The COVID-19 inflation episode: Lessons from emerging markets


The COVID-19 inflation episode: Lessons from emerging markets



Fundamental Improvements in Drug Safety for the 21st Century: Time for a Systematic, Electronic Infrastructure

Mark B. McClellan
Mark B. McClellan Former Brookings Expert, Director, Margolis Center for Health Policy - Duke University

March 14, 2007

Mr. Chairman, Senator Enzi, and members of the Committee, thank you for the opportunity to testify today, as the Committee takes steps to improve our current system for monitoring the safety of drugs. This year is a critical year for strengthening the ability of the Food and Drug Administration (FDA) to help Americans live longer and better lives through access to safe and effective medicines that keep getting better.

As you and others have noted, there are opportunities to improve the pre-market process for evaluating the safety of drugs, particularly through new resources that would enable FDA to develop better information tools for evaluating the safety data it receives as well as better scientific tools for evaluating preclinical and clinical safety. But the greatest opportunities for improvement are in the post-market process. Consequently, I will spend the bulk of my time outlining steps I believe we can to improve the post-market process for evaluating drugs after they are approved for marketing.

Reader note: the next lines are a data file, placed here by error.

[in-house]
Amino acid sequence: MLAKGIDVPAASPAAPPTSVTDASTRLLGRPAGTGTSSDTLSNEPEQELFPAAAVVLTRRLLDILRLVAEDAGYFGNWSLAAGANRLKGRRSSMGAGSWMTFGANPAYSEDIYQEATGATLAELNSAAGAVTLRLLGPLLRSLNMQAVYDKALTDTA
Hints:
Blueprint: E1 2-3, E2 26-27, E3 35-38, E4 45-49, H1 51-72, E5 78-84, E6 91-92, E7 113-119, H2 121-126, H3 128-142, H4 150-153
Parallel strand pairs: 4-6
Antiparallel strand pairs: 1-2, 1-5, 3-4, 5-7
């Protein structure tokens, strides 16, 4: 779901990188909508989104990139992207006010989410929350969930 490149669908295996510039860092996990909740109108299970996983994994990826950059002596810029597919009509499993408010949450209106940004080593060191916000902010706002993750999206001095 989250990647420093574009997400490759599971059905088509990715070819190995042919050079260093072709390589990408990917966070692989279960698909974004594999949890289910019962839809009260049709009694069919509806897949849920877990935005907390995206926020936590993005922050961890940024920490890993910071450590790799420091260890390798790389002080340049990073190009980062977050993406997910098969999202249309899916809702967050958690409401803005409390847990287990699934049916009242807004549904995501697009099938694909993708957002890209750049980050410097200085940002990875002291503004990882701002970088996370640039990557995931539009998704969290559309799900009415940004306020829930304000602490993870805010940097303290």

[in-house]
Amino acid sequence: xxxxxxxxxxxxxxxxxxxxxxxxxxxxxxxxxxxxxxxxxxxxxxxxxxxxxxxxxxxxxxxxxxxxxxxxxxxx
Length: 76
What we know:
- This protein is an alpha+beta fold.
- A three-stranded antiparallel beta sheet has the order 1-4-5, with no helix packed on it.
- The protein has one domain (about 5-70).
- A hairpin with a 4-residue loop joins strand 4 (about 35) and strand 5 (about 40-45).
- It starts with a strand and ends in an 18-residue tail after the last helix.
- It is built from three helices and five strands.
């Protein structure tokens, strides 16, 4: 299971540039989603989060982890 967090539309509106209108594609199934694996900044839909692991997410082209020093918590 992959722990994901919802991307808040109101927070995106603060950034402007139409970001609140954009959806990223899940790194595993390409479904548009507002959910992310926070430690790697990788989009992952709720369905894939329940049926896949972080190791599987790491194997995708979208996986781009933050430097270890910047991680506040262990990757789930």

With the highly-publicized drug safety incidents involving Vioxx (a selective antiinflammatory drug) and newer antidepressants (selective serotonin reuptake inhibitors, or SSRIs) in 2004, followed by the Institute of Medicine’s recommendations for a range of changes to enhance postmarket drug safety at FDA in 2006, it is clear that our current system of monitoring the safety of marketed drugs can be significantly improved. I want to thank the Chairman and Senator Enzi, and the other members of this Committee and the Congress, for your leadership to address this challenge as effectively as possible. Your leadership, in conjunction with hard work by the FDA and new ideas from patient advocacy groups, product developers, and other stakeholders, has created a unique and unprecedented bipartisan opportunity to achieve a fundamentally more effective system for monitoring drug use and aggressively addressing the questions about safety that inevitably arise in the post-market setting.